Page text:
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How structural growth trends are driving portfolios

26 March 2024

One of the strongest forces in investing is reversion to the mean. The US certainly has its strengths, but you have to pay for it. If you want something cheaper, then you can invest in Europe at half the price.

By John Husselbee,


Over the past few years, cyclical forces have had acute influence on markets. The world has become consumed by cyclical trends and discussion has focused on the impact of these cyclical forces on the outlook for both economies and investment markets.

We counter that these cyclical trends are now returning to more normalised long-term levels and it is structural growth trends that should be driving portfolio construction for the future.

In our view, cyclical pressures that spiked inflation over the last two or three years, caused by a global pandemic and the war in Ukraine, are broadly over. We are in a period where interest rates have normalised. If you look back over history, the median base rate in the UK has been around 5%, which is roughly where we are today. Without causing a deep recession and increasing unemployment, central banks around the world have brought down headline inflation.

They have achieved this because variables in the market have improved. These include global supply chains opening up while energy and food prices have come back down after the impact of Covid and the start of the war in Ukraine.

You can ask why central banks are not reducing interest rates given that headline inflation is moving down towards the magical figure of 2%. In our view, central banks are not cutting interest rates today because they are now more concerned with secular forces that we believe will keep inflation above 2%, maybe even 3% or 4%, for at least the next decade.

And what are these forces? De-globalisation, even though it is far from our favourite word, mitigating climate change, ageing populations and innovation.

Geopolitical risk has been rising over the past few years, certainly since Donald Trump became US president, and global trade started moving sideways during the global financial crisis. This means we saw globalisation starting to break down 15 years ago.

We have seen periods of globalisation followed by de-globalisation during the course of history, so what can we expect? To answer this, here are some more words beginning in D: disengagement, division and diversification.

Disengagement is all about the US, which has obviously been the leader in terms of the global economy, disengaging from the rest of the world. The US can do this because it has energy independence and food security.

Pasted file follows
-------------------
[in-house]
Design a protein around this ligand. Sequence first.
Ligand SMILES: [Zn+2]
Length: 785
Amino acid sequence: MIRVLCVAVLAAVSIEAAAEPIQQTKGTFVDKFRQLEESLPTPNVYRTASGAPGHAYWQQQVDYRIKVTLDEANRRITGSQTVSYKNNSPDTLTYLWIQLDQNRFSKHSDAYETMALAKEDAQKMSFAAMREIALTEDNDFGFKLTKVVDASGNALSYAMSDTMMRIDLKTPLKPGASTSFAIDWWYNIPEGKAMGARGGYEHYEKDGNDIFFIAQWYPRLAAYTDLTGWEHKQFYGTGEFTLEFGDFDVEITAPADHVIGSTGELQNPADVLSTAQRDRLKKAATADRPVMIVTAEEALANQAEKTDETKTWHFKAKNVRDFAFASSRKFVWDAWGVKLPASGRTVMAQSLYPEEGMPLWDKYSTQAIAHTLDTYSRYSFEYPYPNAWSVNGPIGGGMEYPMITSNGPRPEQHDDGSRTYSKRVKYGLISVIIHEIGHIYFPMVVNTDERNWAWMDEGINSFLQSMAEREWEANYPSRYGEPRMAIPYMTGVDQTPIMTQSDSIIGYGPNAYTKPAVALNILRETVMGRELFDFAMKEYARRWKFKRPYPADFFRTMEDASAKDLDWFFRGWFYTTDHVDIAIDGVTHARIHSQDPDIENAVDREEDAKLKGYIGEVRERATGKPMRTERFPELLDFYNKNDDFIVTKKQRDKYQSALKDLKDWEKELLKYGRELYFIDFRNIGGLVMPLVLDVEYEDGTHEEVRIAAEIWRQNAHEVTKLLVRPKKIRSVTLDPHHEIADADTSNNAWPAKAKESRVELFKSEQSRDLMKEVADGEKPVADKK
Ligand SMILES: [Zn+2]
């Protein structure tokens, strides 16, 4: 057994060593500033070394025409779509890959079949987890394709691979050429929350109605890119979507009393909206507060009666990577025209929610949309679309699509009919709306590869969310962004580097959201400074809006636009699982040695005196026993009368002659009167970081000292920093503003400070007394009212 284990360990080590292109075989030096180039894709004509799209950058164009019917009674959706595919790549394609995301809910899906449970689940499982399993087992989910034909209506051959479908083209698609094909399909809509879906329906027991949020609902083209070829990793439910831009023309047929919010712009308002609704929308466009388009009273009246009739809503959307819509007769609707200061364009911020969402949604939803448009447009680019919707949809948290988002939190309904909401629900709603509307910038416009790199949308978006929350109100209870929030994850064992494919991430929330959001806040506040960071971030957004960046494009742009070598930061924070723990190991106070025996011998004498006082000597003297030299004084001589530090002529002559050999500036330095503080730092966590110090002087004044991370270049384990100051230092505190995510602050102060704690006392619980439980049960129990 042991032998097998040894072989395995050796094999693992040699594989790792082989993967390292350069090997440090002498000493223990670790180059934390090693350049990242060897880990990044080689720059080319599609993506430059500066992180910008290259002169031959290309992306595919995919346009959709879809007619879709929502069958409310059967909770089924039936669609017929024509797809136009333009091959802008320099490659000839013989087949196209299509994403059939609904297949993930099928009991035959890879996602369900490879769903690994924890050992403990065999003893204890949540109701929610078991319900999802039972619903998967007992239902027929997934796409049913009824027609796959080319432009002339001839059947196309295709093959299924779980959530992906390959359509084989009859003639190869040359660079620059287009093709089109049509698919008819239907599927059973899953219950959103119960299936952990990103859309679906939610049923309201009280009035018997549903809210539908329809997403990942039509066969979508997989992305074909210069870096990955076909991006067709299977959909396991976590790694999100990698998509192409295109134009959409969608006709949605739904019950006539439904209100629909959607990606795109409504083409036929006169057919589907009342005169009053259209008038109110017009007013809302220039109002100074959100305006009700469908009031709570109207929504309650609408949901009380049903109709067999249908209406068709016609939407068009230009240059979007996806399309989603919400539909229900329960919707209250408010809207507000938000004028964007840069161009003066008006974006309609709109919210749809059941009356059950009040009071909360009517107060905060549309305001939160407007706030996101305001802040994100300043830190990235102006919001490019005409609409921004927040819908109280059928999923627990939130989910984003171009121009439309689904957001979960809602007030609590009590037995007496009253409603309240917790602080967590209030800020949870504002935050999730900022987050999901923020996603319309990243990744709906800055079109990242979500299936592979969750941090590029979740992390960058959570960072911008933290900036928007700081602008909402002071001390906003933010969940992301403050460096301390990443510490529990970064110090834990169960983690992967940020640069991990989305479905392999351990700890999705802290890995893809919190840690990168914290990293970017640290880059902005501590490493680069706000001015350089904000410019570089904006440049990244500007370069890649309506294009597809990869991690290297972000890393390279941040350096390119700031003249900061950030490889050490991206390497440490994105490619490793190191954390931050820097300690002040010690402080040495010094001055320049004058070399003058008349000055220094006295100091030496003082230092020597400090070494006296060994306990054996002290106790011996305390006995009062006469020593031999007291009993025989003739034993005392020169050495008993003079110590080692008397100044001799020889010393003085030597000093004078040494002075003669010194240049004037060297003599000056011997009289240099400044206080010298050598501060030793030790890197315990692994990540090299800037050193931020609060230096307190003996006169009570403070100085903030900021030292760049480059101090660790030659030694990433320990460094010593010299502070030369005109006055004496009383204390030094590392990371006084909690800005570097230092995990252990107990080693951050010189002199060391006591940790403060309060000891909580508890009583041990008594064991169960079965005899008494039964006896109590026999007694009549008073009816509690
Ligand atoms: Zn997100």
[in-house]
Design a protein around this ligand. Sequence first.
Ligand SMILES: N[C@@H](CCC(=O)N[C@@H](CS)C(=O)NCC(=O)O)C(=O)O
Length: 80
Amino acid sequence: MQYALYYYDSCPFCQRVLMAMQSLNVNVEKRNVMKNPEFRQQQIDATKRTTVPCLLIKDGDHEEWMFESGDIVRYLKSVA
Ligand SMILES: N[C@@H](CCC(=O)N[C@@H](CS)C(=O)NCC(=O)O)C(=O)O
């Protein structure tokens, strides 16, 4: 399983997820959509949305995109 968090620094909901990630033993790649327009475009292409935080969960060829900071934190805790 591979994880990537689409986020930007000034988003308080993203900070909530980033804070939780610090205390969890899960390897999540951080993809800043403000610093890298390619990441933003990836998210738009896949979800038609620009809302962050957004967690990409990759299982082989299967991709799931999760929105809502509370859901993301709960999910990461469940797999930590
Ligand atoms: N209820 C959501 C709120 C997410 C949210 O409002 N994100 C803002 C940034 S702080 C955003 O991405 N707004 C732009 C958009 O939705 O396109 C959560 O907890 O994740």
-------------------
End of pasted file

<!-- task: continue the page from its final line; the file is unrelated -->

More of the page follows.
Post the financial crisis, we have seen greater differentiation in the speed of economic growth between countries, with the US benefiting from being a leader in innovation. The power of innovation was shown when ChatGPT gained 100 million members within two months of its introduction.

The US has also benefited from demographics in terms of having a younger population than the rest of the developed world. An even greater benefit for the US has been flexibility in its workforce and the ability for people to move states for work.

The fragmentation in globalisation means we should expect central banks to have their own national agenda going forward and not raise and reduce interest rates in sync.

What does this all mean for portfolios? It brings us back to a strong case for diversification.

Admittedly, 2022 wasn't a great year for diversification. And a basket full of US equities, especially large and mega caps, would probably have been the best way to invest over the last decade or so.

We have seen very narrow leadership in recent years, developed markets outperforming emerging markets, and the rise of technology, passive investing and concentrated indices.

But one of the strongest forces in investing is reversion to the mean. The US certainly has its strengths at the moment, but you have to pay for it. If you want something cheaper, then you can invest in Europe at half the price. You can invest in the UK at almost a third of the price. There are cheap valuations to be had in emerging markets, Asia and Japan.

The challenge is that there are so many investment opportunities with attractive valuations at the moment. We believe the biggest opportunity today might be in income. The increased level of income means investors in a balanced portfolio can now reduce the risk they take to generate the same return from equities.

And if you're an active manager, you've got to be doing something different, but it is a very big call not to have a market weighting in the ‘Magnificent Seven’. Once we start to see some of the concentration reduced and a broadening of the market leadership, then active managers are likely to be rewarded in terms of their stock picking.

John Husselbee is head of multi-asset at Liontrust. The views expressed above should not be taken as investment advice.

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